Virtual worlds for kids are kind of out of fashion among entrepreneurs. Big companies such as Disney own a lot of the market with game worlds such as Club Penguin.
But Eccky has carved out a nice space in the market with its virtual game world for children in the Netherlands. It launched in the spring of 2010 on Hyves, a leading social network in the Netherlands with more than 10 million members, or twice as many as on Facebook. Now it is preparing to come to North America.
If it can succeed, Eccky is a good example of backfilling, or going through old neighborhoods and finding the best places to build new homes. It works as a good strategy for homebuilders, and maybe game publishers as well. Eccky’s version of this strategy is to combine the elements of a virtual world with a social game; it combines open-ended play with mission-oriented quests.
In other words, the virtual world market was supposed to be done, at least when it came to startups. Disney signaled the consolidation in 2007, when it bought Club Penguin for $350 million, plus bonuses of another $350 million. But that just inspired dozens of copycat start-ups.
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When the recession hit in late 2008, a bunch of the kid virtual worlds ran out of money and went under. In early 2009, there were more than 200 kid virtual worlds in the works. Some felt that was justified, saying that there were lots of brands for kids in the physical world, so there should be as many in the virtual world.
A handful survived and grew into the millions of users. The survivors include Poptropica, WebKinz, RuneScape, Moshi Monsters, Fantage and Secret Builders. Toy makers and entertainment companies are hovering over the space to see how they can participate.
Now Eccky has joined the party with 165,000 monthly active users, based on word of mouth marketing solely in the Netherlands. It is now the No. 1 game on the Dutch social network, and it got there by being game-like, with quests and missions that focused on fun, said Christian Batist (pictured), chief executive of Eccky Holding. He joined a couple of months ago after consulting on virtual worlds for his business Sticky Factory, and he was an executive at Sulake, creator of Habbo virtual world, for six years.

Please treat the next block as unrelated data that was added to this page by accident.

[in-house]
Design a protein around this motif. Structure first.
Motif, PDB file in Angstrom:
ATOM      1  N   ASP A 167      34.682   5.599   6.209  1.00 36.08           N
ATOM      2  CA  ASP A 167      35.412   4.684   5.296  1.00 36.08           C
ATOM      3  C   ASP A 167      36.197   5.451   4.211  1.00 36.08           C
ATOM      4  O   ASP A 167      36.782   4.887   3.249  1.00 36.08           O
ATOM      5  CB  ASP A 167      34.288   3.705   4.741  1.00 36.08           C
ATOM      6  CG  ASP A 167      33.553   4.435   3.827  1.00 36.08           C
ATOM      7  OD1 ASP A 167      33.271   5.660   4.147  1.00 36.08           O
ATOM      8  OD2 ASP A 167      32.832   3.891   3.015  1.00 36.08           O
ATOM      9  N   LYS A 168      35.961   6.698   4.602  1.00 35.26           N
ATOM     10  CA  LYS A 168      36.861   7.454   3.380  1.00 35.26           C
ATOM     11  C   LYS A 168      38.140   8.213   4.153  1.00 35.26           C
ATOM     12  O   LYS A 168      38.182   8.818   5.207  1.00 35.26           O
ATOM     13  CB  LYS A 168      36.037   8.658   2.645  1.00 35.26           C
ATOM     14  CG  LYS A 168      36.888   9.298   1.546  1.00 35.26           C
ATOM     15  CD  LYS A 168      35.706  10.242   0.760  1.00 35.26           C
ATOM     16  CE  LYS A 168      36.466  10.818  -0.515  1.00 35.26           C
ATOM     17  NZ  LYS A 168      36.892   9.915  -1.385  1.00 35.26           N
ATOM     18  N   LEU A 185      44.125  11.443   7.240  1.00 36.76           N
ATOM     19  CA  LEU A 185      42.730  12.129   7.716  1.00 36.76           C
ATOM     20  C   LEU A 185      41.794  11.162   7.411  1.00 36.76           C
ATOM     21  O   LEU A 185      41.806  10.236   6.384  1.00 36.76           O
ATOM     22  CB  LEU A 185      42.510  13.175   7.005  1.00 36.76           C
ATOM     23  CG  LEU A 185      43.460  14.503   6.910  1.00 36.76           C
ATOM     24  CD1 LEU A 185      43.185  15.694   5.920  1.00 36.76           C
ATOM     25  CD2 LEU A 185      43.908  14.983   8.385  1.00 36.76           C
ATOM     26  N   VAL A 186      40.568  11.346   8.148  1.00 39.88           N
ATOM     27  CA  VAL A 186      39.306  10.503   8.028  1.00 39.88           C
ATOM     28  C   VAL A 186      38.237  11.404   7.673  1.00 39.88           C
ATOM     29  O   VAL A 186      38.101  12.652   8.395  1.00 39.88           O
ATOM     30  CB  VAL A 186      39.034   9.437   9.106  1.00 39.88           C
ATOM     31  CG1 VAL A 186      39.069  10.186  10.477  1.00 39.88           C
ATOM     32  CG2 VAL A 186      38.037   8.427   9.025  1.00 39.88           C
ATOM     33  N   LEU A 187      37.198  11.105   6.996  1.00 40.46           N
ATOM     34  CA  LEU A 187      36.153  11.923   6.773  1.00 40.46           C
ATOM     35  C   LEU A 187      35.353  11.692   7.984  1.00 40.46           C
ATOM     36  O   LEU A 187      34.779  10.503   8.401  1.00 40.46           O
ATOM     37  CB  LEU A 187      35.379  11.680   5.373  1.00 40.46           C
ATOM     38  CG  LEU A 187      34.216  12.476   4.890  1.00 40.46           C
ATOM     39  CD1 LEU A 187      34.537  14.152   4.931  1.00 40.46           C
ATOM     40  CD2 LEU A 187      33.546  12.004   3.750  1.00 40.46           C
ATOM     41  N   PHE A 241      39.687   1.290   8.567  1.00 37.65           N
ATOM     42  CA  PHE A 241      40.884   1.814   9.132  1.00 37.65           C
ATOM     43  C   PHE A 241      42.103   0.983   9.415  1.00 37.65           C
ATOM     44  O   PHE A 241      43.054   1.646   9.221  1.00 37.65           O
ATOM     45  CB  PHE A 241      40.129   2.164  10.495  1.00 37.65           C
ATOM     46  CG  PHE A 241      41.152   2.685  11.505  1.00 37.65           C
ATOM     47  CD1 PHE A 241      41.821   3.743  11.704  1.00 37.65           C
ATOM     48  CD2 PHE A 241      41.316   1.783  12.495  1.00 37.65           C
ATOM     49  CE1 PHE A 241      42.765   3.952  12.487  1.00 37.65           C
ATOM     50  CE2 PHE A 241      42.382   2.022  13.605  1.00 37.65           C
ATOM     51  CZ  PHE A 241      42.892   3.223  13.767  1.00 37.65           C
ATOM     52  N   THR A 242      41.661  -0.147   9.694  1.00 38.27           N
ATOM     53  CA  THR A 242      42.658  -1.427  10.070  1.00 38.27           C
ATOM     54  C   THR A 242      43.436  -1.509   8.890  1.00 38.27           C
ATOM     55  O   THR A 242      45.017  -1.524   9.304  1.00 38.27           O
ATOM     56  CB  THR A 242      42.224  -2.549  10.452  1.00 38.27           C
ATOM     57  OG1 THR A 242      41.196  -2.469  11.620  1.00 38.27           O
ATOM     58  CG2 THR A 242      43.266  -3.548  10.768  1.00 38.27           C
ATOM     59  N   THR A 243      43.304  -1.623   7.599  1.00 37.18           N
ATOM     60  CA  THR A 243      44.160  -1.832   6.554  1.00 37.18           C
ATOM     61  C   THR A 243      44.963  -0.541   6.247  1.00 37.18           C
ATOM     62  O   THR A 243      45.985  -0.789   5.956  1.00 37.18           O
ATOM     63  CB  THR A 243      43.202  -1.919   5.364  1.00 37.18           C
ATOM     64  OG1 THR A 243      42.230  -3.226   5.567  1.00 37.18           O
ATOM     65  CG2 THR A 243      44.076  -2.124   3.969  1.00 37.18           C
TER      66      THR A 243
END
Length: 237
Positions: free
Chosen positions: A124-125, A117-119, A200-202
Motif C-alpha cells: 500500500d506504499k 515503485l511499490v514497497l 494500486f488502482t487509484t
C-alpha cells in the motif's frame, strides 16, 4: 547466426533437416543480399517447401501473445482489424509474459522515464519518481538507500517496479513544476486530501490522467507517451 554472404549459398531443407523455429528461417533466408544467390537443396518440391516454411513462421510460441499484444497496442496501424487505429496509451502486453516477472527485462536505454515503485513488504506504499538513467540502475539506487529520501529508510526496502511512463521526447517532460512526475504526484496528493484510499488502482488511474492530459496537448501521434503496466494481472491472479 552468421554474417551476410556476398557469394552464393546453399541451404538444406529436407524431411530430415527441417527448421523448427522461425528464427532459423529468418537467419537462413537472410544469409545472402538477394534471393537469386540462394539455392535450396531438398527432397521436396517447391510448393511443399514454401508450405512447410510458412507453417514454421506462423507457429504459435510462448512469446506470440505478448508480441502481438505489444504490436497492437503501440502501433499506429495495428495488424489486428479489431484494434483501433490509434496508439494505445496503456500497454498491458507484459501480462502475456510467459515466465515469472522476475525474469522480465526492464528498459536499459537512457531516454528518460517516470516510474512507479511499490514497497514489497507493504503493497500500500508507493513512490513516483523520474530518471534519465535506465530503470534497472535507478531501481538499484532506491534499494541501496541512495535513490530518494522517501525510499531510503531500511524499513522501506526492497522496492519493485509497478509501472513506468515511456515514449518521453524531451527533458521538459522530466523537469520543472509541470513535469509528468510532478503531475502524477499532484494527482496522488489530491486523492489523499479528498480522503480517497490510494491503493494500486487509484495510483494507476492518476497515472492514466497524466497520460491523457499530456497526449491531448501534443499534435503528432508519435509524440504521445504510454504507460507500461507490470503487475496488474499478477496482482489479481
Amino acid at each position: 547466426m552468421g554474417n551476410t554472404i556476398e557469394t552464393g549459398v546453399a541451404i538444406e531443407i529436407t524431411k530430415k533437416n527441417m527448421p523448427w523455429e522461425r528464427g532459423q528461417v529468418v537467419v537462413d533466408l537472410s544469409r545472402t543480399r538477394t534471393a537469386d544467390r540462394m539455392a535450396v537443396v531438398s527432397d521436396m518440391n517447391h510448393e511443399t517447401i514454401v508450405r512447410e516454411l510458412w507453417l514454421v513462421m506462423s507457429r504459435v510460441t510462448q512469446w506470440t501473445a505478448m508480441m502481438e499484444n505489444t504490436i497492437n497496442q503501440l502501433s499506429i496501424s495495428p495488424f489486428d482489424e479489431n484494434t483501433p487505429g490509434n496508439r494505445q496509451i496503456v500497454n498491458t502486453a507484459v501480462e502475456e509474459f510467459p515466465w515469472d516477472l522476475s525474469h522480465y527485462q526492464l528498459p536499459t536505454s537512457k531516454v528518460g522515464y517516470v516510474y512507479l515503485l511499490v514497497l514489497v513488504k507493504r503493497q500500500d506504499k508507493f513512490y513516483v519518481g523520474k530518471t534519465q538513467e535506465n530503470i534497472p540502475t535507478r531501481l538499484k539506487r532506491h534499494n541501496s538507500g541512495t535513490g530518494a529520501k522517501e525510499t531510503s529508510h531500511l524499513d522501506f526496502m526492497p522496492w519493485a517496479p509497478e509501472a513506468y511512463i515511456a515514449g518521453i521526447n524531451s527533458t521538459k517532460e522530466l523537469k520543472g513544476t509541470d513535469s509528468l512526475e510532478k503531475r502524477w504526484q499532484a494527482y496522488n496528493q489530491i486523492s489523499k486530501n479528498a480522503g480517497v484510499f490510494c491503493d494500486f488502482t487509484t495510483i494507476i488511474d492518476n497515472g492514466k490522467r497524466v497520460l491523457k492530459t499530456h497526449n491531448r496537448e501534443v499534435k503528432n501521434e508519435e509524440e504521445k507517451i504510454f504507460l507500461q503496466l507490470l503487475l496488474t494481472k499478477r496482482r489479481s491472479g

While Eccky is small, it has a very engaged audience, playing an average of 40 minutes a day (logging in twice a day for 20 minutes each session), said Gideon Richheimer, managing partner at AmsterdamPark Capital, which helped Eccky get off the ground and funded it.
Eccky targets children ages eight to 14. They can log on via the web site or through the social network. The company has six employees and uses a 12-person developer team as contractors to build the world.
The world is available in Dutch and English now, though it has not formally launched in the U.S. By the end of the year, Batist said, the game will be available in Portuguese, Spanish and French. A Facebook version is in beta testing now and will formally launch later.
The art style is similar to virtual worlds such as the seven-year-old Habbo, but the game play is more unique. You can create outfits and sell them, decorate a room, customize your avatar, and level up through various quests. The Eccky team stages regular events around holidays such as Christmas or Easter.
As with worlds such as Fantage, kids like the crowded spaces within Eccky, even though it’s sometimes hard to hold a live chat conversation with someone in such quarters.
“We know there is a lot of competition out there,” Batist said. “We’ve grown fast and so we feel we are doing something right with our focus on role playing.”
The company is focused on growing its user base, but monetization is in place with sales of virtual goods, and the numbers of people spending money is meaningful. Eccky has also taken full advantage of using social media to spread the word about the company.
Eccky is funded and is not looking for funding now. As it expands, the company plans to hire a small country team and handle development through partners. That’s a pretty capital-efficient way of expanding around the globe. There’s still a lot of rivals out there, including virtual worlds like Habbo, Stardoll, Maple Story, Weeworld, Woozworld, Club Penguin, and others.
Investors include MM Ventures (Michiel Mol of Guerilla Games and Maarten Elshove of MaxCredible), AmsterdamPark Capital, Thijs Bosma, founder of TribePlay, and Yme Bosma, vice president of business development at Hyves. The company has raised more than a million euros but won’t say how much.
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